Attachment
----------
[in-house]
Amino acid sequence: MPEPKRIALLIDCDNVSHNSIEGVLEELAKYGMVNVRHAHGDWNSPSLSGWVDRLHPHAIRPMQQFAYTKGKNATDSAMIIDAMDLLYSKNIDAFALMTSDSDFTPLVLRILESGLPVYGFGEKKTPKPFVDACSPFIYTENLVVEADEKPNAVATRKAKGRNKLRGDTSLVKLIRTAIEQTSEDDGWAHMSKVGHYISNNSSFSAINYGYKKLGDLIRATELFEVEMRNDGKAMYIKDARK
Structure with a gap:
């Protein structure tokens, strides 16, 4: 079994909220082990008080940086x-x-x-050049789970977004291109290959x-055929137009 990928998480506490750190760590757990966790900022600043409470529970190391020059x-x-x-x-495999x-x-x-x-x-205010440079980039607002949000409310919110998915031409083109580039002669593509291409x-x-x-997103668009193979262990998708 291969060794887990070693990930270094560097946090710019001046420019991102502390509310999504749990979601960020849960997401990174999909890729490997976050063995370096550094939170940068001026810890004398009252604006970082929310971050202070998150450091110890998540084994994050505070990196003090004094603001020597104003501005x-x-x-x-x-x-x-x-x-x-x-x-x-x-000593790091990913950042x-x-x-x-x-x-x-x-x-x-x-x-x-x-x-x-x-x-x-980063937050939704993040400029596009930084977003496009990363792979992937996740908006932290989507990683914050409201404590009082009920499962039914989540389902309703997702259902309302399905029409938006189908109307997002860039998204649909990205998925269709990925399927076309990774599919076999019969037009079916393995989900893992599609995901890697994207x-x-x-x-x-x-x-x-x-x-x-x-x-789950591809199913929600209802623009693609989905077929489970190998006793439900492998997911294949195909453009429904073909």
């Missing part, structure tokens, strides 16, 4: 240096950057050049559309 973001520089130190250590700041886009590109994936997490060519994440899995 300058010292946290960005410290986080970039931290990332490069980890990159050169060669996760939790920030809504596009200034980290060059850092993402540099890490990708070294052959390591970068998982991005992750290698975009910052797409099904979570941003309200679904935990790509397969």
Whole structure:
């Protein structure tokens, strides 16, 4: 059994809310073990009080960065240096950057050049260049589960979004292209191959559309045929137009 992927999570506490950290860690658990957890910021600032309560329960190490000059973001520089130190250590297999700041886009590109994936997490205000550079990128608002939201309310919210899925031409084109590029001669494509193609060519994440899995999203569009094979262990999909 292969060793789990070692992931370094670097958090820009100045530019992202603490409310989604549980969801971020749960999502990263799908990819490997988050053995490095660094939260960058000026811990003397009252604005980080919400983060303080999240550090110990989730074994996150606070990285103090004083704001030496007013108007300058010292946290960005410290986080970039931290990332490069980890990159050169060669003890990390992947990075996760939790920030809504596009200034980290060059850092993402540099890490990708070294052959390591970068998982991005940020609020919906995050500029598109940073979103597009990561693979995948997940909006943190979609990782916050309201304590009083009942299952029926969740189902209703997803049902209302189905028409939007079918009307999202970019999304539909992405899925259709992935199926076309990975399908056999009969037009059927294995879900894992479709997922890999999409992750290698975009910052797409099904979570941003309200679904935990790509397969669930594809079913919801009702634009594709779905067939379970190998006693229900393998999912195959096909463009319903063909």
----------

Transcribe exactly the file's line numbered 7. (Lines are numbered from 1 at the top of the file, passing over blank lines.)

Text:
């Protein structure tokens, strides 16, 4: 059994809310073990009080960065240096950057050049260049589960979004292209191959559309045929137009 992927999570506490950290860690658990957890910021600032309560329960190490000059973001520089130190250590297999700041886009590109994936997490205000550079990128608002939201309310919210899925031409084109590029001669494509193609060519994440899995999203569009094979262990999909 292969060793789990070692992931370094670097958090820009100045530019992202603490409310989604549980969801971020749960999502990263799908990819490997988050053995490095660094939260960058000026811990003397009252604005980080919400983060303080999240550090110990989730074994996150606070990285103090004083704001030496007013108007300058010292946290960005410290986080970039931290990332490069980890990159050169060669003890990390992947990075996760939790920030809504596009200034980290060059850092993402540099890490990708070294052959390591970068998982991005940020609020919906995050500029598109940073979103597009990561693979995948997940909006943190979609990782916050309201304590009083009942299952029926969740189902209703997803049902209302189905028409939007079918009307999202970019999304539909992405899925259709992935199926076309990975399908056999009969037009059927294995879900894992479709997922890999999409992750290698975009910052797409099904979570941003309200679904935990790509397969669930594809079913919801009702634009594709779905067939379970190998006693229900393998999912195959096909463009319903063909």